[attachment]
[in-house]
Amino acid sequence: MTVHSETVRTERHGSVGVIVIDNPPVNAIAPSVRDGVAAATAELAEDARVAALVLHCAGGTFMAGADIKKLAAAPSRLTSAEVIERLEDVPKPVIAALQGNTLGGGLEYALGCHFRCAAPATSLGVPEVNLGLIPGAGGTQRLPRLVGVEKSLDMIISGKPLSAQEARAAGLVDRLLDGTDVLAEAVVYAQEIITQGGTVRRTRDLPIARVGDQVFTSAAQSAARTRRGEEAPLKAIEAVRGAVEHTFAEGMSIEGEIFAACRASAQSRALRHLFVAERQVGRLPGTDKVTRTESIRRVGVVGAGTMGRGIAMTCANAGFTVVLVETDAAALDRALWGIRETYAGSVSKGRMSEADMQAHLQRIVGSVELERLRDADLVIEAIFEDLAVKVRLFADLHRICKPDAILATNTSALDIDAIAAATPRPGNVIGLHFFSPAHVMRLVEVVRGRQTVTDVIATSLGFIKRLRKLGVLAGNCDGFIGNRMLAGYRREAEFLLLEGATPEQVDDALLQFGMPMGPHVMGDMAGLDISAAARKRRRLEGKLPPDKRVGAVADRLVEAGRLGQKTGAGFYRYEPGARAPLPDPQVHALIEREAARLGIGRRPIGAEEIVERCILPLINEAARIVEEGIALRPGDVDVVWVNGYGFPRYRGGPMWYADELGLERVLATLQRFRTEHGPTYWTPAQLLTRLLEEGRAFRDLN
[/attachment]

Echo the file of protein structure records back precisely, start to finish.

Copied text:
[in-house]
Amino acid sequence: MTVHSETVRTERHGSVGVIVIDNPPVNAIAPSVRDGVAAATAELAEDARVAALVLHCAGGTFMAGADIKKLAAAPSRLTSAEVIERLEDVPKPVIAALQGNTLGGGLEYALGCHFRCAAPATSLGVPEVNLGLIPGAGGTQRLPRLVGVEKSLDMIISGKPLSAQEARAAGLVDRLLDGTDVLAEAVVYAQEIITQGGTVRRTRDLPIARVGDQVFTSAAQSAARTRRGEEAPLKAIEAVRGAVEHTFAEGMSIEGEIFAACRASAQSRALRHLFVAERQVGRLPGTDKVTRTESIRRVGVVGAGTMGRGIAMTCANAGFTVVLVETDAAALDRALWGIRETYAGSVSKGRMSEADMQAHLQRIVGSVELERLRDADLVIEAIFEDLAVKVRLFADLHRICKPDAILATNTSALDIDAIAAATPRPGNVIGLHFFSPAHVMRLVEVVRGRQTVTDVIATSLGFIKRLRKLGVLAGNCDGFIGNRMLAGYRREAEFLLLEGATPEQVDDALLQFGMPMGPHVMGDMAGLDISAAARKRRRLEGKLPPDKRVGAVADRLVEAGRLGQKTGAGFYRYEPGARAPLPDPQVHALIEREAARLGIGRRPIGAEEIVERCILPLINEAARIVEEGIALRPGDVDVVWVNGYGFPRYRGGPMWYADELGLERVLATLQRFRTEHGPTYWTPAQLLTRLLEEGRAFRDLN